Sloths are mostly known as rather slow-moving adorable creatures that spend their days eating leaves and sleeping. However, a recent paper in the journal Mammalian Biology shows they might actually have a side to them that makes them a little less adorable. Heymann and colleagues (2010) reported that two-toed sloths were found to have developed the charming habit of climbing into an outdoor toilet and eating its contents! This unusual feeding habit was observed at a research station in the Amazon rainforest of North-eastern Peru.
On the first occasion in 2001, a researcher wanting to use the toilet discovered a sloth was inside the toilet, hanging upside down underneath the wooden bars. “The sloth was scooping with one hand from the semi-liquid manure composed of faces, urine, and toilet paper and then eating from the hand”, as the authors nicely describe.
A total of more than 25 of these sloth excursions were observed during the following years. On one occasion even a mother holding her baby was seen visiting the toilet! (see picture below).
Although this peculiar behaviour might at first glance look like a bizarre anecdote, the authors speculate that in this way sloths might be vulnerable to human diseases since sloths often live close to people.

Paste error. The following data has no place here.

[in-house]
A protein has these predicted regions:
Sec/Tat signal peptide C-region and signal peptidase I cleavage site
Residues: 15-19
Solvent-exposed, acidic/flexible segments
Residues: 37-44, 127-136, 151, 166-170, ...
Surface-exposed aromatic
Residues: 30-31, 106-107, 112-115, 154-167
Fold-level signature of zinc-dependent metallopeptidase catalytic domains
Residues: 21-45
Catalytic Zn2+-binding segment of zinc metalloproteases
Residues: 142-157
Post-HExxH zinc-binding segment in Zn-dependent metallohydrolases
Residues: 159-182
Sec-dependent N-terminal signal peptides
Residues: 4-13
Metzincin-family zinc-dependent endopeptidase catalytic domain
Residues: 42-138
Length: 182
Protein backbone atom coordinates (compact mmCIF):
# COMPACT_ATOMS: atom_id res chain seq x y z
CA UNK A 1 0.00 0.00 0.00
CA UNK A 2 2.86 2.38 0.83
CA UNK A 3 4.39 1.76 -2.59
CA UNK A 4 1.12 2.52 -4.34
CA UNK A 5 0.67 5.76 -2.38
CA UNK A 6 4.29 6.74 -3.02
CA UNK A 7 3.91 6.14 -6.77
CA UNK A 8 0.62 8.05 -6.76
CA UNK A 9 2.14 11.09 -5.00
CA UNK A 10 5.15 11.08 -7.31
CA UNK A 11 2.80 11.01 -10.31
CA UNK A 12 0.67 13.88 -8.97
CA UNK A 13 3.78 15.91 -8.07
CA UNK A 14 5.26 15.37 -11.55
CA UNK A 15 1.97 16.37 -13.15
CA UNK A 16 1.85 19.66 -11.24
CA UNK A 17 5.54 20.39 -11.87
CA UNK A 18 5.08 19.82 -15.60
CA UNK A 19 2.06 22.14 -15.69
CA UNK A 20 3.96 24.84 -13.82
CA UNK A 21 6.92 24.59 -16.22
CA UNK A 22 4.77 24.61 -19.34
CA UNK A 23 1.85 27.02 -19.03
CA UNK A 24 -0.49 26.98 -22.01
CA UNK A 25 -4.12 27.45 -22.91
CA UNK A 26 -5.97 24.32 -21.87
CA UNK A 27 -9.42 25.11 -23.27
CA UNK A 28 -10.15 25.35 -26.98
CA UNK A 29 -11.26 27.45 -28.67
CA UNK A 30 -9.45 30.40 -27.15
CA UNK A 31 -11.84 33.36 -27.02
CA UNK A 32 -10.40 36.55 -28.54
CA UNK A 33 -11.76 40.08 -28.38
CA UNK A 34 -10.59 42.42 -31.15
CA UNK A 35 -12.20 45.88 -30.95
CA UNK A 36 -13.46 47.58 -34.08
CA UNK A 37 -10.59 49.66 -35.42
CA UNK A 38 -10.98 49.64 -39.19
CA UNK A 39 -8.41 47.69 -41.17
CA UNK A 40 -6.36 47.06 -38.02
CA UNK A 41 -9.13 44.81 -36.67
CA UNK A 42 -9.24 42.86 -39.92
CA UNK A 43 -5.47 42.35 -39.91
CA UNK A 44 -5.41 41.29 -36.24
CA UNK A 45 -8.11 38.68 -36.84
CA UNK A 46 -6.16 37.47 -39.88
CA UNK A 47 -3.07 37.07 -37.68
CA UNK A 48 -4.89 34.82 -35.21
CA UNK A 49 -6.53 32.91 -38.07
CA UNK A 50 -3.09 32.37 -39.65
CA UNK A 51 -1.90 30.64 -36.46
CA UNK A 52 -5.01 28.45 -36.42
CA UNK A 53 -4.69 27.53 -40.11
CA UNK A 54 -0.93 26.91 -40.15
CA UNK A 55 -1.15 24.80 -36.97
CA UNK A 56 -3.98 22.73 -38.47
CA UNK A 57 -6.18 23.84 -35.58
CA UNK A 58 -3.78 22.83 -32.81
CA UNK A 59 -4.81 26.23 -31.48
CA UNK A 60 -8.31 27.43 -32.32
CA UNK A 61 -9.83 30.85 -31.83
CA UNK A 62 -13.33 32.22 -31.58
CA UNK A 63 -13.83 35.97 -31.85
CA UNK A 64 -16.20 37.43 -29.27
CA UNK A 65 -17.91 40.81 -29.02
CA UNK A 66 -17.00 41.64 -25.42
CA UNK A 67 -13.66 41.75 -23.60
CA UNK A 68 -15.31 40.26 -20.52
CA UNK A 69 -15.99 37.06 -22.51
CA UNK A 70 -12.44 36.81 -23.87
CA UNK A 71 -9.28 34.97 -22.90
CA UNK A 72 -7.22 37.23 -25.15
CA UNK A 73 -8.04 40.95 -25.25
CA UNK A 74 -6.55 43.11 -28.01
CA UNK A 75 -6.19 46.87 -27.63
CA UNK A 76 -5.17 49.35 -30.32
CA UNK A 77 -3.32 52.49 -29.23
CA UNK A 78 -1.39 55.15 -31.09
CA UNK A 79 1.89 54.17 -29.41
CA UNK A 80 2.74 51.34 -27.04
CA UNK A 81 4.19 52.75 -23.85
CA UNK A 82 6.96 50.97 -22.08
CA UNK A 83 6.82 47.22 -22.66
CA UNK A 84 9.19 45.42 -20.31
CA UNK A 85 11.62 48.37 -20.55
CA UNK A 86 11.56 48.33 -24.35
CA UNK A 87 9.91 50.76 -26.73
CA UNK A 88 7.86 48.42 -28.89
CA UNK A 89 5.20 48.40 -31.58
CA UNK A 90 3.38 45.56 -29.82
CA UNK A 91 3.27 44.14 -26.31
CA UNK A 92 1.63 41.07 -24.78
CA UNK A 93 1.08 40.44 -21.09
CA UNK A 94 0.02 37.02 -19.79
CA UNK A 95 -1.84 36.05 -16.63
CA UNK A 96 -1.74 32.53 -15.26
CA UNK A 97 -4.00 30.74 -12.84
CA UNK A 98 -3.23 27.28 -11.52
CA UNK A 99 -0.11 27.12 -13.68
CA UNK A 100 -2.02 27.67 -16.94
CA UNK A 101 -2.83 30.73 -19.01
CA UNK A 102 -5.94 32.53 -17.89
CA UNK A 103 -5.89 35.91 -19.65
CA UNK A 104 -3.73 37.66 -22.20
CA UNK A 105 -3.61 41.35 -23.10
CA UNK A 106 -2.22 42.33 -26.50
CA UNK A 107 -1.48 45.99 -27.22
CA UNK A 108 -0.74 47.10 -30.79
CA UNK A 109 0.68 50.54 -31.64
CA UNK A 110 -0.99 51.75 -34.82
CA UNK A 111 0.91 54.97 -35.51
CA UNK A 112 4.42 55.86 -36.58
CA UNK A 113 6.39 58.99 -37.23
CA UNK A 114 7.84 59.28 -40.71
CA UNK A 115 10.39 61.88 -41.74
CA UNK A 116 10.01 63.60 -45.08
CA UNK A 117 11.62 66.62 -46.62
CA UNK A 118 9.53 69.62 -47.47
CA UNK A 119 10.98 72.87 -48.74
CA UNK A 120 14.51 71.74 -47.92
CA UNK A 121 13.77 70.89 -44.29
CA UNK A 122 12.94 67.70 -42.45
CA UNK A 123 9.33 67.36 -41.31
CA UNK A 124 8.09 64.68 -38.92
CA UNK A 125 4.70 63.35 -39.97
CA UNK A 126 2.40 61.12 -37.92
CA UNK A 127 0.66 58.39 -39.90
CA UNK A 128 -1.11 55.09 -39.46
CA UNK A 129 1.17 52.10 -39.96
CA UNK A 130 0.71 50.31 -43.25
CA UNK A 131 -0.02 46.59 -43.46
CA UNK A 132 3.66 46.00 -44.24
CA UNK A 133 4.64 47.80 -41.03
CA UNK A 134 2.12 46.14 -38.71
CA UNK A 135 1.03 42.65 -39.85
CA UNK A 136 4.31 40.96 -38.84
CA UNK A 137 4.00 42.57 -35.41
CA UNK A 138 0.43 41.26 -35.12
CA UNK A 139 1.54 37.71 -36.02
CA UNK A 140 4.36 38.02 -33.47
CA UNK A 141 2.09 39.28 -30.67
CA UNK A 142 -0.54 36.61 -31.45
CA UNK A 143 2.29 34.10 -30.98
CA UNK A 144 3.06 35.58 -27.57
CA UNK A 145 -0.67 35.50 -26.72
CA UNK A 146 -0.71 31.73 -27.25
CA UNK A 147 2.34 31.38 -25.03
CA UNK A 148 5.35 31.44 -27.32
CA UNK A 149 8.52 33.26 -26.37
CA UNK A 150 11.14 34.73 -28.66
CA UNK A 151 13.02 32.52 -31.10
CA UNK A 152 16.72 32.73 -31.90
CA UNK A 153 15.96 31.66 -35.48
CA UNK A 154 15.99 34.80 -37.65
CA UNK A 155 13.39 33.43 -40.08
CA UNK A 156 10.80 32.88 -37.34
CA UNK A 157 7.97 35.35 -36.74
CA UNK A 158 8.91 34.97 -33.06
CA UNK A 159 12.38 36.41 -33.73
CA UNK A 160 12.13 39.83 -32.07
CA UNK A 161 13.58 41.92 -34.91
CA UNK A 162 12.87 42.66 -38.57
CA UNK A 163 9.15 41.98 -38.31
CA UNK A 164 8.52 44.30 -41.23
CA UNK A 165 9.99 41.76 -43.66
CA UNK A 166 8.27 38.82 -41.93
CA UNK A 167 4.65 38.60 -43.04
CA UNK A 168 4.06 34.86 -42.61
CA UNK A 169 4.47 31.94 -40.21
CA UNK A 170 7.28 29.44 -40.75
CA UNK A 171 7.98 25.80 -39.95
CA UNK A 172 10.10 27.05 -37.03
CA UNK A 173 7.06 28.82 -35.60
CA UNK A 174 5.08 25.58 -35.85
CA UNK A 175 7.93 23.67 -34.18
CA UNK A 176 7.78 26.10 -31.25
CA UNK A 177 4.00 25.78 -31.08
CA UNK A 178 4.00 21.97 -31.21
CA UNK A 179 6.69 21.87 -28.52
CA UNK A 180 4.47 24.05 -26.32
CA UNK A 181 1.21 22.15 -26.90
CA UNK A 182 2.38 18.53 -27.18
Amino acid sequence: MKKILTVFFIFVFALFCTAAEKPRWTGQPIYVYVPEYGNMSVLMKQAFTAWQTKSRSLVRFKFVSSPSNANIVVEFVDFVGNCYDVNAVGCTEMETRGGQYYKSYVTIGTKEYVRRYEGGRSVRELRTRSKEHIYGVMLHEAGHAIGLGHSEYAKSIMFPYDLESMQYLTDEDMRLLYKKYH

So why would these sloths prefer human waste material to fresh leaves?
Normally sloths hardly ever come down from the trees in which they live. They only descend to the forest floor to change trees or once to twice a week to defecate, making the behaviour even more surprising.
The authors put forward three possibilities for the sloths radical behaviour: they might feed on faeces as a direct source of nutrients, they may gulp the semi-liquid contents of the toilet to acquire salt and minerals, or they may be eating insect larvae that are present.
I think the sloths might indeed feed on human faeces because if often contains a lot of wasted nutrients. It may not even be that rare, since most dogs can be found doing ‘something’ similar (although not actually entering a toilet ). However, I guess the people at the research station were probably not eating a very nutrient-rich diet, since they were living at such a remote location.
Although sloths may be a little less adorable now, they have become even more fascinating because of this bizarre behaviour! What do you think about sloths and their unusual feeding habit?Heymann, E., Flores Amasifuén, C., Shahuano Tello, N., Tirado Herrera, E., & Stojan-Dolar, M. (2010). Disgusting appetite: Two-toed sloths feeding in human latrines Mammalian Biology – Zeitschrift fur Saugetierkunde DOI: 10.1016/j.mambio.2010.03.003